And it doesn’t want to be called “classical.”
Or anything else, for that matter.
Back to that in a bit. It is a gorgeous day in New York City. Bright and sunny, fresh snow (and, yes, the subsequent slush).
Here for a semester plus a bit, I’m developing a new course (or courses) for DePauw on career skills for classical musicians and new trends in classical music presentation. The latter includes the intermingling of formerly discrete genres (i.e., classical, jazz, indie rock, etc.) and what for 20th-century-mindset classical musicians are non-traditional venues.
Like bars and clubs and coffee houses. It’s fascinating. There’s a ton of it going on in New York, which is why I am here, as a kind of informal, self-appointed ethnomusicologist doing field research. (And participating a bit, too.)
I arrived last Thursday, January 13, and after dropping my bags off at a friend’s apartment, headed directly to the Times Square Westin for most of the day’s pre-conference sessions at Chamber Music America’s 33rd Annual Conference “The Next Generation: Traditions and trends.” I was just a bit late for a “The Next-Gen Musician,” a panel discussion moderated by WQXR‘s Terrance McKnight, with composer/performers Gabriel Kahane, Missy Mazzoli, and Tyshawn Sorey. And, wow, was it ever the perfect start to my research here.
Somehow I had been thinking that my job was to research new ways of presenting classical music. New settings, less formal. Side-by-side with other genres. But this group smacked my thinking upside my head, big time.
All three of the panelists were impatient and frustrated with the very idea of genre labels for music. It’s clear they live in a new, post-genere paradigm and are waiting for the rest of us (or younger generations) to catch on. Kahane spoke of “creating a space free of genres” (that might be a paraphrase, my notes aren’t clear), a “clean slate” where whatever needs to be expressed can be. Their music draws on and combines elements of music from the multiple-genres paradigm. What little I’ve heard, though, is really more than an eclectic mix or classcalizing of other musics. Something new is being born.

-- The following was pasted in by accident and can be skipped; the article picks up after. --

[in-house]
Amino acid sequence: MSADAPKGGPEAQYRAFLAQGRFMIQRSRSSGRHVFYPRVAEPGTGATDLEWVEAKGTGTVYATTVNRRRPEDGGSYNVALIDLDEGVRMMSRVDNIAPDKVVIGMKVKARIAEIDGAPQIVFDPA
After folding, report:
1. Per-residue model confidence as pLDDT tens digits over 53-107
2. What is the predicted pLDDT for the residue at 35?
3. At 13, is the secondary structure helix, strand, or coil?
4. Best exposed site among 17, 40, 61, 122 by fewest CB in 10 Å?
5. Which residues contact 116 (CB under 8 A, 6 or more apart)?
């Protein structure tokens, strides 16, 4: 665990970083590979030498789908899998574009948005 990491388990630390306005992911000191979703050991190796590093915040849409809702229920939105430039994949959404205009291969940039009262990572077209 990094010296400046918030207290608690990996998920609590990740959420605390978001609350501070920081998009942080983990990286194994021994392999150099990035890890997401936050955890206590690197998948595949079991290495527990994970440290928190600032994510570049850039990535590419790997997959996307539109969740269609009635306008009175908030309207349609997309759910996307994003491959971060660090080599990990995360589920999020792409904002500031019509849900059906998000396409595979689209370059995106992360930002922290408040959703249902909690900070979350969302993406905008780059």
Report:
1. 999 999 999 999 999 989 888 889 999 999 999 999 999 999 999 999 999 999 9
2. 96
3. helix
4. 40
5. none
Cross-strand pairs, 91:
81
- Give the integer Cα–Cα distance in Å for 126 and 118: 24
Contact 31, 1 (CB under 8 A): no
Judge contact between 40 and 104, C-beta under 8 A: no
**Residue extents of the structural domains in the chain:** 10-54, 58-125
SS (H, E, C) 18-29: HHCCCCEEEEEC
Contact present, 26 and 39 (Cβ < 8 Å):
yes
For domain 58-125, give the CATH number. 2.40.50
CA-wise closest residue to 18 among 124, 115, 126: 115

He was picking up on McKnight’s comment that today’s composers don’t need to express the emotions that Bach and Beethoven, for example, did so well. That was a really great point, explaining, among other things, why so many of us go back to Bach and Beethoven. Which McNight later said he does, along with Ellington and host of others.
Missy Mazzoli praised the Ecstatic Music Festival as a place that is genreless. Sorey spoke with a frustration bordering on resentment about how difficult it is for a drummer/composer to get performances; later he explained with what seemed to be more than a touch of resigned-to-deal-with-other-people’s-realities that he has his music organized into separate “tracks” (solo, chamber, jazz, etc.) for the sake of presenters.
“My music can function anywhere,” he said, and that is a key point. Kahane (reminding me of Christopher Small’s book Musicking: A Ritual in Social Space and other writings) that the rooms in which we present music are political statements, and emphasized that it is as important to think about “the frame of what we present as well as what we present.”
They talked about a lot more than I can describe in one blog post. Especially fascinating was Missy Mazzoli’s description of having her self-described “chamber-rock” band Victoire perform a piece she originally wrote for traditional classical instruments and thereby having the music reach a new, indie-rock audience.
Over the following three days, I heard many young musicians perform and speak. They don’t like genre labels. Genre labels don’t make sense to them. And neither does the idea that some music is “better” than others. But what to call it? And how to promote it outside of areas like New York where this phenomenon, whatever it is, is well-established? Big questions, the topic of much discussion by musicians, managers, and presenters alike.
More to come.